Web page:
Greek pizza

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Greek pizza
Greek pizza.jpg
A Greek-style pizza with feta cheese, onion, olive and tomato
Type Pizza
Place of origin Greece, United States
Region or state New England
Main ingredients Pizza dough, cheese, tomato sauce
Variations Greek-style toppings
Cookbook: Greek pizza  Media: Greek pizza

Greek pizza can refer to either of two styles of pizza.[1]

One usage refers to a pizza with typically (or stereotypically) Greek ingredients as toppings.[2] These include toppings such as feta cheese, olives (e.g., Kalamata), onion, tomato, green bell pepper, gyros meat[3] and spinach, but often lack any tomato sauce.[4] These pizzas can be found across the United States but are not as popular in Greece itself.

The other usage refers mainly more to a style of pizza crust and its preparation, rather than its toppings.[5] This style is baked in a pan, instead of directly on the bricks of the pizza oven, (as is more traditional for Italian pizza).[5] The pan used is a shallow pan, in-contrast to the deep pans used in Chicago-style deep dish pizza. The pan is heavily oiled with olive oil.[6] It has a crust that is usually chewy and puffy, almost like focaccia bread but not as thick.[7] The crust is also rather oily, due to the heavily oiled pan used for the cooking process.[5][8] Due to the use of a larger tomato paste-to-crushed tomato ratio the sauce is typical tangy and thick with a strong taste of oregano.[9] The sauce amounts are greater, relative to the light amounts of cheese placed on the pizza. The cheese itself is typically, (but not always), a blend of mozzarella and cheddar.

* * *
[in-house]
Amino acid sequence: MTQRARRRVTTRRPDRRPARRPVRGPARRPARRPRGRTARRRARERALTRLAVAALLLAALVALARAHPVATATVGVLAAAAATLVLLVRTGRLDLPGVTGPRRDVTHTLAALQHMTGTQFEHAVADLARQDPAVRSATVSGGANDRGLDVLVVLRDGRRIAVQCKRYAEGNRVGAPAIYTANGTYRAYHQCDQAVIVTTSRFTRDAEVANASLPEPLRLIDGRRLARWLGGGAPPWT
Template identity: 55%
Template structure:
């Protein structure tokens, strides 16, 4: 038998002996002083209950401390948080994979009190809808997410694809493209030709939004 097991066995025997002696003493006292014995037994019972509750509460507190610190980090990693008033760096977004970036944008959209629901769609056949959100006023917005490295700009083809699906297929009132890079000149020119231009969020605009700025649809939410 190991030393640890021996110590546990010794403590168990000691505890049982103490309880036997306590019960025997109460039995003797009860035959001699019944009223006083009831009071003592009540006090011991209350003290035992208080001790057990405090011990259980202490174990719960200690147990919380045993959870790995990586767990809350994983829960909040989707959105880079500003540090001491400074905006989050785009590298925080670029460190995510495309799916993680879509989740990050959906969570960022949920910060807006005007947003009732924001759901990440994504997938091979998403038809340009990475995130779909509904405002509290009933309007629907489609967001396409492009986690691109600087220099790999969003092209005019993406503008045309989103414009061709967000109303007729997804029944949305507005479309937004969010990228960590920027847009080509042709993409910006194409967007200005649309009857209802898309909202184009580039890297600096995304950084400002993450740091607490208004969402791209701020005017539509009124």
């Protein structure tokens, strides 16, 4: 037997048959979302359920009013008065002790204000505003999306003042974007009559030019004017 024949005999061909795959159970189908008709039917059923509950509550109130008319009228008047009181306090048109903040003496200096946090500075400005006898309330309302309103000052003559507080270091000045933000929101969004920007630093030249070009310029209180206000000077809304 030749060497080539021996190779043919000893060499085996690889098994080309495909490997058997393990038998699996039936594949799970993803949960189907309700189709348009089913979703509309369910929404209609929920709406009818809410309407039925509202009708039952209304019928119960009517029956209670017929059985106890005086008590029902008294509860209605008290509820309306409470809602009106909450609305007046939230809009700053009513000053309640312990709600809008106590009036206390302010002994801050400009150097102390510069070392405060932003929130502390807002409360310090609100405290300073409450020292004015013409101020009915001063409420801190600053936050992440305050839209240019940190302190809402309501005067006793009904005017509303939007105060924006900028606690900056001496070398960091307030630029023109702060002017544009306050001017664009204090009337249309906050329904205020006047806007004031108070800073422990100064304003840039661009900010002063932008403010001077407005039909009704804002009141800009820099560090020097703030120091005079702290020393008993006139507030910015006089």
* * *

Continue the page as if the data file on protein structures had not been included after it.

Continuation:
In restaurants[edit]

This style of pizza may be referred to as "Greek pizza" even when it has non-Greek toppings, since it is typical of pizzerias owned by Greek immigrants. (These pizzas are similar to the pizzas served in Italian-style restaurants in Greece itself.) These establishments often also sell Greek specialties, such as Greek salads and gyros, and tend to brand themselves as "Pizza and Pasta" or as a "House of Pizza"; a code signifying that it is not an Italian restaurant, but a Greek restaurant serving Italian-style food. In the United States, the latter usage is common in New England cuisine.[5]

See also[edit]


  1. ^
  2. ^ McNair, James (2000). James McNair's New Pizza: Foolproof Techniques and Fabulous Recipes. Chronicle Books. p. 43. ISBN 0811823644. Retrieved November 2012. 
  3. ^ Pizza menu noting: 7. Greek Isle Black olives, feta, fresh tomatoes, onions, gyro meat, light oregano, mozzarella
  4. ^ Cheney, Susan Jane (May 1992). Pizza! An American Pie. Vegetarian Times. Retrieved November 29, 2012. 
  5. ^ a b c d Levine, Ed (2011). Serious Eats: A Comprehensive Guide to Making & Eating Delicious Food Wherever You Are. Random House Digital, Inc. p. 99. ISBN 030772087X. Retrieved November 2012. 
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